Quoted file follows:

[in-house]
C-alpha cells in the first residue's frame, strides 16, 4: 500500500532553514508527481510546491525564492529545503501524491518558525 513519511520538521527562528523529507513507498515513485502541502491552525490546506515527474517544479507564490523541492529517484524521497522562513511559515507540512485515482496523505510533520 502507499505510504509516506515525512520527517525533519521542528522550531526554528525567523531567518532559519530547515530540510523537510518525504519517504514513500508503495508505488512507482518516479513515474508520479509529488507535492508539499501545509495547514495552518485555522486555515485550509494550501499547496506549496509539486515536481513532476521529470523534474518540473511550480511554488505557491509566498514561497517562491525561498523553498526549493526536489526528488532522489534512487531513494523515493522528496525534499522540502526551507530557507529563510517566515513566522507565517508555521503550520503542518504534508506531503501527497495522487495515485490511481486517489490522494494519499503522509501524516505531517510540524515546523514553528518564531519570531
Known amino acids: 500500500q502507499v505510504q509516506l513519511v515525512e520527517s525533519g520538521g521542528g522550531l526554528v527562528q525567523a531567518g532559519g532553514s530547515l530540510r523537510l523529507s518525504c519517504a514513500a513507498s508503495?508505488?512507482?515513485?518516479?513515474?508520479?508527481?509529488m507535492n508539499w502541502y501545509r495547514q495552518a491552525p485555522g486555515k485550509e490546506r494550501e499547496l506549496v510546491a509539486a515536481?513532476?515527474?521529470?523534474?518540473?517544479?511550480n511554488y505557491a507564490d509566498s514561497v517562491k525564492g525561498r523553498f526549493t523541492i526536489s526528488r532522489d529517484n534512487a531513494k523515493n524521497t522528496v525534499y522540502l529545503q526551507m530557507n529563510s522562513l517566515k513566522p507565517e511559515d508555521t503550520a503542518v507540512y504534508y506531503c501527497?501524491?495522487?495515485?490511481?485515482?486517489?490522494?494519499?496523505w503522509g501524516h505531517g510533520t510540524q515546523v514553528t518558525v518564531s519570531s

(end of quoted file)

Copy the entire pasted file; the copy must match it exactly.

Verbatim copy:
[in-house]
C-alpha cells in the first residue's frame, strides 16, 4: 500500500532553514508527481510546491525564492529545503501524491518558525 513519511520538521527562528523529507513507498515513485502541502491552525490546506515527474517544479507564490523541492529517484524521497522562513511559515507540512485515482496523505510533520 502507499505510504509516506515525512520527517525533519521542528522550531526554528525567523531567518532559519530547515530540510523537510518525504519517504514513500508503495508505488512507482518516479513515474508520479509529488507535492508539499501545509495547514495552518485555522486555515485550509494550501499547496506549496509539486515536481513532476521529470523534474518540473511550480511554488505557491509566498514561497517562491525561498523553498526549493526536489526528488532522489534512487531513494523515493522528496525534499522540502526551507530557507529563510517566515513566522507565517508555521503550520503542518504534508506531503501527497495522487495515485490511481486517489490522494494519499503522509501524516505531517510540524515546523514553528518564531519570531
Known amino acids: 500500500q502507499v505510504q509516506l513519511v515525512e520527517s525533519g520538521g521542528g522550531l526554528v527562528q525567523a531567518g532559519g532553514s530547515l530540510r523537510l523529507s518525504c519517504a514513500a513507498s508503495?508505488?512507482?515513485?518516479?513515474?508520479?508527481?509529488m507535492n508539499w502541502y501545509r495547514q495552518a491552525p485555522g486555515k485550509e490546506r494550501e499547496l506549496v510546491a509539486a515536481?513532476?515527474?521529470?523534474?518540473?517544479?511550480n511554488y505557491a507564490d509566498s514561497v517562491k525564492g525561498r523553498f526549493t523541492i526536489s526528488r532522489d529517484n534512487a531513494k523515493n524521497t522528496v525534499y522540502l529545503q526551507m530557507n529563510s522562513l517566515k513566522p507565517e511559515d508555521t503550520a503542518v507540512y504534508y506531503c501527497?501524491?495522487?495515485?490511481?485515482?486517489?490522494?494519499?496523505w503522509g501524516h505531517g510533520t510540524q515546523v514553528t518558525v518564531s519570531s